My basic parenting philosophy is probably best summarized by a quote I found on the internet years ago: "There is no way to be a perfect parent. There are a thousand ways to be a good one." Basically, I see a whole lot of freedom and flexibility in this whole parenting gig. What works for me may not work for you, and I don't see any problem with that. Parents are all different, children are all different, families and circumstances are all different. My biggest pet peeve in the world of parenting books is probably any cookie cutter or "by the book" approach, where certain steps guarantee a certain result. Sorry, I think as human beings we're all a bit more complex than that.
That said, I like parenting books, and I like having a variety of parenting resources from which to pull ideas. There is a whole lot of wisdom out there, from people who know a whole lot more than I do. I received a copy of The Christian Parenting Handbook by Scott Turansky and Joanne Miller to review, and I was excited to read it.
Parenting books tend to fall into one of two extremes: highly theoretical or extremely practical. The theoretical ones put so much time and explanation into the overarching philosophy that it can sometimes be difficult to even imagine how to make it work in practice. How does it work in the real world? However, sometimes the immensely practical are so caught up in giving you specific steps to follow or situations to apply that you don't have any long term goals and you lose all ability to think outside the box. Plus, they can lead to frustration if you follow the "steps" and it doesn't "work."
My favorite parenting books are always the ones that find a balance between these two extremes. Yes, give me the "big picture." Let me understand the principles so that I can creatively apply them to my own circumstances. But also help me out with a few practical suggestions or ideas, just to get the ball rolling.
The Christian Parenting Handbook strikes me as leaning more to the theoretical, but it in no way neglects the practical. Overall, I think it strikes a pretty good balance. I plan to go back and read through it more slowly when I'm not on a deadline (paying attention to the places I highlighted especially), but I am pleased with the book and I do recommend it.
I think probably my two favorite parts of the book (at first reading anyway; I reserve the right to change my mind) are the sections on consistency and on tasks vs. problems vs. conflict. Why? I'm so glad you asked. ;)
Consistency is the holy grail of parenting in almost every parenting book out. "You must be consistent!" may as well have been thundered down from Sinai given its prominence. And for those of us who are fallible human parents (ahem), it can seem daunting at times. If you aren't consistent 100% of the time (and let's be honest--no one is consistent 100% of the time), you can feel enormously guilty. Clearly it's your fault that your child is still having a problem with XYZ. If only you were more consistent!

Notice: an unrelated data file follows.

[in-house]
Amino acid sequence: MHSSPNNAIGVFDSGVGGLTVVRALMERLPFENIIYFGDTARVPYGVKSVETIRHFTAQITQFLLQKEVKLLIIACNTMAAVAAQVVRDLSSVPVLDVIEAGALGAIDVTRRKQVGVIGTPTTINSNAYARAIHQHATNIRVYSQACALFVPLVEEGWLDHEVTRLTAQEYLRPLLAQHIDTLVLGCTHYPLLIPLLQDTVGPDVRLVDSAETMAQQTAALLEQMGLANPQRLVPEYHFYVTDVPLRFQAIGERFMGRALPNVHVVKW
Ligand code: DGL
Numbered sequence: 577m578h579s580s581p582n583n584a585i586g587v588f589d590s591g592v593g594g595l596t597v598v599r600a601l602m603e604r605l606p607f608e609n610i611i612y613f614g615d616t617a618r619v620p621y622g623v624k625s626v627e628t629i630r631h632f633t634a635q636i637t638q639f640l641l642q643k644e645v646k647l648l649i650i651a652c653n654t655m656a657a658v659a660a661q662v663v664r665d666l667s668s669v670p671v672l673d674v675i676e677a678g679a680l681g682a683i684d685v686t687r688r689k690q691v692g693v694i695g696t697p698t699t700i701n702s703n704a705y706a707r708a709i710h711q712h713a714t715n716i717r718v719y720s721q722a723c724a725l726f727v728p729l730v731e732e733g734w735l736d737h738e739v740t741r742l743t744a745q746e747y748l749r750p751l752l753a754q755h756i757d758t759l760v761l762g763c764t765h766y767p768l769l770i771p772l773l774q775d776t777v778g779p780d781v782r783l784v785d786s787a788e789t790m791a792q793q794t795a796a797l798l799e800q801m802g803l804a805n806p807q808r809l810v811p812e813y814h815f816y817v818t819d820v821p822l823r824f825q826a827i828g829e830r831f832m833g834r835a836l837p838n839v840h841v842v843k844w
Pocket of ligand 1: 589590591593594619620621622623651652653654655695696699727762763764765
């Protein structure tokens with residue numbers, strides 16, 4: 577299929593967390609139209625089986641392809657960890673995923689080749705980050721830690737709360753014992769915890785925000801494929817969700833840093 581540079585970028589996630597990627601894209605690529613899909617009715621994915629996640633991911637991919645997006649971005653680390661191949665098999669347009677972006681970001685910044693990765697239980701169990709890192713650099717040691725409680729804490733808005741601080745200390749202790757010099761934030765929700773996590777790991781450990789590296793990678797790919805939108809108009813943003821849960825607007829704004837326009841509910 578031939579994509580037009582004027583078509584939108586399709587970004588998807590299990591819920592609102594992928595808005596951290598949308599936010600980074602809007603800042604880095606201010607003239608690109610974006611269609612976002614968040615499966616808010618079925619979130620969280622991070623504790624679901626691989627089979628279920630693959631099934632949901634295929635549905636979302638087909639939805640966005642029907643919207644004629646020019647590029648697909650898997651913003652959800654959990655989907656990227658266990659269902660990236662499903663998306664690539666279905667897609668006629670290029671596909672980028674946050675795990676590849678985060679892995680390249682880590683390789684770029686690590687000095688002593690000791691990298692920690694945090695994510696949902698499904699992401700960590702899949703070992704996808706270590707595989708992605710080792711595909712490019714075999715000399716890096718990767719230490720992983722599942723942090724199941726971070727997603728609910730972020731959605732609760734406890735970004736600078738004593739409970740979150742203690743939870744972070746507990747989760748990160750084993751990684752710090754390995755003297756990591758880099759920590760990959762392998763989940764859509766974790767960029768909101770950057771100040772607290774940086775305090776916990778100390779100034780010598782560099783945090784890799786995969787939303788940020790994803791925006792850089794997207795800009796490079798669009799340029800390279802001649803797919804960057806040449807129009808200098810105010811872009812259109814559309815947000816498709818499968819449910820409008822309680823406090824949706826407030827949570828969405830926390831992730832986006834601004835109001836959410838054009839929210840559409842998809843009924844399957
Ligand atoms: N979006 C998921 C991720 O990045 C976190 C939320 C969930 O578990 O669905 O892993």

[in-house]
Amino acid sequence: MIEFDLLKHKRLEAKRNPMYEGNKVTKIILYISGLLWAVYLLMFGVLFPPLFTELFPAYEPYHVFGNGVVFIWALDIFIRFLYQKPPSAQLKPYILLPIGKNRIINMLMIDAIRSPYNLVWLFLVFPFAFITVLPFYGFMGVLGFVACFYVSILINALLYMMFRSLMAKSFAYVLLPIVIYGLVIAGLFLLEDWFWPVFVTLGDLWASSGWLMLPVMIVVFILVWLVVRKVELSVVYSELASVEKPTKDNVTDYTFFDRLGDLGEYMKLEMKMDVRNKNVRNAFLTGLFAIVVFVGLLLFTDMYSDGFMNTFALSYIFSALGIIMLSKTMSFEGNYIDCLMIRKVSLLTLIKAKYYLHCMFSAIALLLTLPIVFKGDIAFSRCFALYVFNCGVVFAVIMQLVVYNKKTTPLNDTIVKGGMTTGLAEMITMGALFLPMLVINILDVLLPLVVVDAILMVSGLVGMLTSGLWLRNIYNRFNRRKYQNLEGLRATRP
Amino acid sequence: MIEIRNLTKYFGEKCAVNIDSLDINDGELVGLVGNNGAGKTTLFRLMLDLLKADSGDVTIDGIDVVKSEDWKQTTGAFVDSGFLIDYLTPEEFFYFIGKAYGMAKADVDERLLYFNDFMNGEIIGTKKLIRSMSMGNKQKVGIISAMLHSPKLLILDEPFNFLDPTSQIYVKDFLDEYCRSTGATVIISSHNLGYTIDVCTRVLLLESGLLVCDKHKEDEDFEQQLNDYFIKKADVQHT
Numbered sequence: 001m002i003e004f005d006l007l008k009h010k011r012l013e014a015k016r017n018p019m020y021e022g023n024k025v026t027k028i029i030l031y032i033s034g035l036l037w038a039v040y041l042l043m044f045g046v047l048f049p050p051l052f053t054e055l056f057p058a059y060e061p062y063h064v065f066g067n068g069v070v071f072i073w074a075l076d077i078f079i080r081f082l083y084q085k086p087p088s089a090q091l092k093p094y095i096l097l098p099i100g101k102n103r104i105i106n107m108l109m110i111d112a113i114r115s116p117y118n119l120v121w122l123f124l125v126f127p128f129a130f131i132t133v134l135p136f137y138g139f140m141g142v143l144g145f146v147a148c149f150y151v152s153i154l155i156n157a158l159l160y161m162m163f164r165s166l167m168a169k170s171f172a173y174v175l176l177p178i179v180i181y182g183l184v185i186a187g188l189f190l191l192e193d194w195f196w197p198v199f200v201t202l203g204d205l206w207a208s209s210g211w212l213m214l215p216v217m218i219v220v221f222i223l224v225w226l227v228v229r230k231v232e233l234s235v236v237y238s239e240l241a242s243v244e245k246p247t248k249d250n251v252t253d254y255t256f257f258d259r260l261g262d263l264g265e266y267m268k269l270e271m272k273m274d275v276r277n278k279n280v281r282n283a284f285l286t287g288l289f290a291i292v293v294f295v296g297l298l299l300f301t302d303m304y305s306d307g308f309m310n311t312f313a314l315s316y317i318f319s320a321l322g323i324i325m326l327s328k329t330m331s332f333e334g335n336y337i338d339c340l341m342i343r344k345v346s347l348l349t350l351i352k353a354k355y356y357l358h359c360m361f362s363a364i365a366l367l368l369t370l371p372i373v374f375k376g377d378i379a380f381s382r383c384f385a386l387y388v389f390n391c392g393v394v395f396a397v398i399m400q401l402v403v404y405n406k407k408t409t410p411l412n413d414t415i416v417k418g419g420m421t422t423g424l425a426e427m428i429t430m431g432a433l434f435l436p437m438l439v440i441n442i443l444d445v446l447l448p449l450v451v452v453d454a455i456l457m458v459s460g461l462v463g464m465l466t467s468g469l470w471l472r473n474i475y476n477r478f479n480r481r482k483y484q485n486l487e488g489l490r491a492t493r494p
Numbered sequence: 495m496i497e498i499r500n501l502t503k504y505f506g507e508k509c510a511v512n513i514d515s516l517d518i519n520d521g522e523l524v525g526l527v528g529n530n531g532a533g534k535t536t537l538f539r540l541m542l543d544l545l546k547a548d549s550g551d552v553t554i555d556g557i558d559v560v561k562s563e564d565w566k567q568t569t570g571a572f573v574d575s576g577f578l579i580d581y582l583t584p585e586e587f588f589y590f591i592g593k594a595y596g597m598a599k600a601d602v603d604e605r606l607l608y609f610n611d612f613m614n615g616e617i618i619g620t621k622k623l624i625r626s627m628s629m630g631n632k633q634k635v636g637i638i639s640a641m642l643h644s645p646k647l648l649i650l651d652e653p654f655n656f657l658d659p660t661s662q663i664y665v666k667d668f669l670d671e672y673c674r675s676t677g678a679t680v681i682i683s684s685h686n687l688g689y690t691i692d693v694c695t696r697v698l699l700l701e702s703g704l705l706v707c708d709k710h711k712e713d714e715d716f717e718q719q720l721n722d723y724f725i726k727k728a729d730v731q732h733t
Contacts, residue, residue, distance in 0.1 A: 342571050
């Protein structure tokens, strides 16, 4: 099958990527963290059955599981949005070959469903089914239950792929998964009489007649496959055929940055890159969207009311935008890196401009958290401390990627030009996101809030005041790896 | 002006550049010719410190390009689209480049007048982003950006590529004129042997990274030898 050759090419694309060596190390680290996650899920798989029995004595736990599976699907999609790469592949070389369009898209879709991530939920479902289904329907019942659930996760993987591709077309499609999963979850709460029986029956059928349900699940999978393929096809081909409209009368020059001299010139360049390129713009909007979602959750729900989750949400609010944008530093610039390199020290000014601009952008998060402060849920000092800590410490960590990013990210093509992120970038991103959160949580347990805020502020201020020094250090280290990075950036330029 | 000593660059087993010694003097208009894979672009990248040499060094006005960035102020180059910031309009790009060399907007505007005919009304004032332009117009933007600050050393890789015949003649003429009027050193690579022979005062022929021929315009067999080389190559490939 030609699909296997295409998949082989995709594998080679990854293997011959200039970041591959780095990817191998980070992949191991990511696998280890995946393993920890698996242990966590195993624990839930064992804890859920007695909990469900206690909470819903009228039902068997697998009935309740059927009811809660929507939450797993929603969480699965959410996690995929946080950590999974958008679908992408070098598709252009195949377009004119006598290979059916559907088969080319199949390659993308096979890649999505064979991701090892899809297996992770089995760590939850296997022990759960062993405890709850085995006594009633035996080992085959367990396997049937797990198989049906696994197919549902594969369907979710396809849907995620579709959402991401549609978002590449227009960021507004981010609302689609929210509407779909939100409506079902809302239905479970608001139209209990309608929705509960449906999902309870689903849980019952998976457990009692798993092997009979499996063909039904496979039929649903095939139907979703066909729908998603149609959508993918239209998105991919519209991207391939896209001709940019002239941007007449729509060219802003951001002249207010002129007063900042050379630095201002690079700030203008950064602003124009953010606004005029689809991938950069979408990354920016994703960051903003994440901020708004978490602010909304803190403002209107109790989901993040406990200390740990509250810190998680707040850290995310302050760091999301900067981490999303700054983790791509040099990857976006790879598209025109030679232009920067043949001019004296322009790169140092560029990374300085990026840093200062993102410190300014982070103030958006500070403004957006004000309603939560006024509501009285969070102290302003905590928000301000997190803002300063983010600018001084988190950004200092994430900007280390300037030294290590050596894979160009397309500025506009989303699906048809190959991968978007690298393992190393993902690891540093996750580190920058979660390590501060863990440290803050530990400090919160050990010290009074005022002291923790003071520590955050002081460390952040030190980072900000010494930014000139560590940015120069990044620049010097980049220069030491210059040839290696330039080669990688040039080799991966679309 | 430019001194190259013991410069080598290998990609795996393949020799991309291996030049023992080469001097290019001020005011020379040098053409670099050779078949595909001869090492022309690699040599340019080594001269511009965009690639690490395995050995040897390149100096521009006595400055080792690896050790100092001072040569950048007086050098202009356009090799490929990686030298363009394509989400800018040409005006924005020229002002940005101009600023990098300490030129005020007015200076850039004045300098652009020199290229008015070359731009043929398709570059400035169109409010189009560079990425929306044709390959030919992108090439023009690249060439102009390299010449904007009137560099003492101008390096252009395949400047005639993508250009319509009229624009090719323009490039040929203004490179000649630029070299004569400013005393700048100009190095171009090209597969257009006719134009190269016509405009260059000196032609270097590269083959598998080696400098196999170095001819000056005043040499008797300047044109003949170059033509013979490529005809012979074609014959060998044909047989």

But this book rightly points out that our children are not Pavlov's dogs. "Consistency" is a very behaviorist approach to child rearing. Is it important? Sure. We all know that. But is it the be-all end-all of the world? Not so much. I won't summarize the whole chapter here (after all, I think my job is to make you want to buy the book!), but I will tell you I found it very freeing.
I also appreciated the chapter on the difference between tasks, problems, and conflict. Ever have one of those days where every task feels like a problem, and every problem feels like a conflict? Nah, me neither. Clearly this chapter was written for someone else. But if you run into that someone else, here's what you can tell them. Tasks are the basic to-do lists of your day. Wake up. Make coffee. Get children dressed. Teach children obedience and godliness and basic addition. Etc. Problems are the things that are preventing tasks from being completed. You're out of coffee. The kids can't find their shoes (that's never happened here). They also can't remember basic addition, and they're not too interested in obeying. You know--problems.
Our job as parent is come up with ways to ratchet the problems back down to tasks--not escalate them into conflict. Yep--that's on us. How I do that may differ from how you do that. It may involve consequences and discipline and training, but those things are tasks when are parents--part of our basic job description. Maybe it's just a mental shift, but viewing problems as a thing I need to get back down to a task does seem to help with it not becoming a big conflict.
So, yes, I do recommend this book as a worthwhile read.
The book is available in both paperback and Kindle edition on Amazon. I believe Christianbook.com has it as well.